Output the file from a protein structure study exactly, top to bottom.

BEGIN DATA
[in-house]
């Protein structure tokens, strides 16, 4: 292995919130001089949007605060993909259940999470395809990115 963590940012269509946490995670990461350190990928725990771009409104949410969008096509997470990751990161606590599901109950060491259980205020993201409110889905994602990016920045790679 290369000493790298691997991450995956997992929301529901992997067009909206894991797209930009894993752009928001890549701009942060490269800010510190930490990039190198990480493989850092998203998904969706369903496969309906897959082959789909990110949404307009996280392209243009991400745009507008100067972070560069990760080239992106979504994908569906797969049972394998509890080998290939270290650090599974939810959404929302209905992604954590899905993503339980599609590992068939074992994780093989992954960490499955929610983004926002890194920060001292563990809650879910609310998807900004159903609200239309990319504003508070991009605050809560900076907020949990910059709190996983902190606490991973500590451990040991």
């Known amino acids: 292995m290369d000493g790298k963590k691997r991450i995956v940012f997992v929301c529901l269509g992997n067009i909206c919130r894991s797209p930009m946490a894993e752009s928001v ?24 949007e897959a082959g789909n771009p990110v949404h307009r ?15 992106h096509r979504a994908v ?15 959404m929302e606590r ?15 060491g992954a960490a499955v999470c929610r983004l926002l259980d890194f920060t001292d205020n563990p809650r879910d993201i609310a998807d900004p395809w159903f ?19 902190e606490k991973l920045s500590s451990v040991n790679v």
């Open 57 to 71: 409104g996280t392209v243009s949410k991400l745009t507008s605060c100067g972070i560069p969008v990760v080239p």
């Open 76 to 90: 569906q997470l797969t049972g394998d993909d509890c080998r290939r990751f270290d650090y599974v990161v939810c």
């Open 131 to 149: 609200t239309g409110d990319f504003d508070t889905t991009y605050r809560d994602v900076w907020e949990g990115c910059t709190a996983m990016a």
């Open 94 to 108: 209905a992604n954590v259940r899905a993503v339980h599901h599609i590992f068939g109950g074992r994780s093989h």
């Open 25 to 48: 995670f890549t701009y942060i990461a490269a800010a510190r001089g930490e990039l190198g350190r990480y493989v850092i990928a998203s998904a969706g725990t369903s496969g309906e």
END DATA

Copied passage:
[in-house]
């Protein structure tokens, strides 16, 4: 292995919130001089949007605060993909259940999470395809990115 963590940012269509946490995670990461350190990928725990771009409104949410969008096509997470990751990161606590599901109950060491259980205020993201409110889905994602990016920045790679 290369000493790298691997991450995956997992929301529901992997067009909206894991797209930009894993752009928001890549701009942060490269800010510190930490990039190198990480493989850092998203998904969706369903496969309906897959082959789909990110949404307009996280392209243009991400745009507008100067972070560069990760080239992106979504994908569906797969049972394998509890080998290939270290650090599974939810959404929302209905992604954590899905993503339980599609590992068939074992994780093989992954960490499955929610983004926002890194920060001292563990809650879910609310998807900004159903609200239309990319504003508070991009605050809560900076907020949990910059709190996983902190606490991973500590451990040991």
């Known amino acids: 292995m290369d000493g790298k963590k691997r991450i995956v940012f997992v929301c529901l269509g992997n067009i909206c919130r894991s797209p930009m946490a894993e752009s928001v ?24 949007e897959a082959g789909n771009p990110v949404h307009r ?15 992106h096509r979504a994908v ?15 959404m929302e606590r ?15 060491g992954a960490a499955v999470c929610r983004l926002l259980d890194f920060t001292d205020n563990p809650r879910d993201i609310a998807d900004p395809w159903f ?19 902190e606490k991973l920045s500590s451990v040991n790679v």
């Open 57 to 71: 409104g996280t392209v243009s949410k991400l745009t507008s605060c100067g972070i560069p969008v990760v080239p």
């Open 76 to 90: 569906q997470l797969t049972g394998d993909d509890c080998r290939r990751f270290d650090y599974v990161v939810c």
């Open 131 to 149: 609200t239309g409110d990319f504003d508070t889905t991009y605050r809560d994602v900076w907020e949990g990115c910059t709190a996983m990016a």
């Open 94 to 108: 209905a992604n954590v259940r899905a993503v339980h599901h599609i590992f068939g109950g074992r994780s093989h």
């Open 25 to 48: 995670f890549t701009y942060i990461a490269a800010a510190r001089g930490e990039l190198g350190r990480y493989v850092i990928a998203s998904a969706g725990t369903s496969g309906e």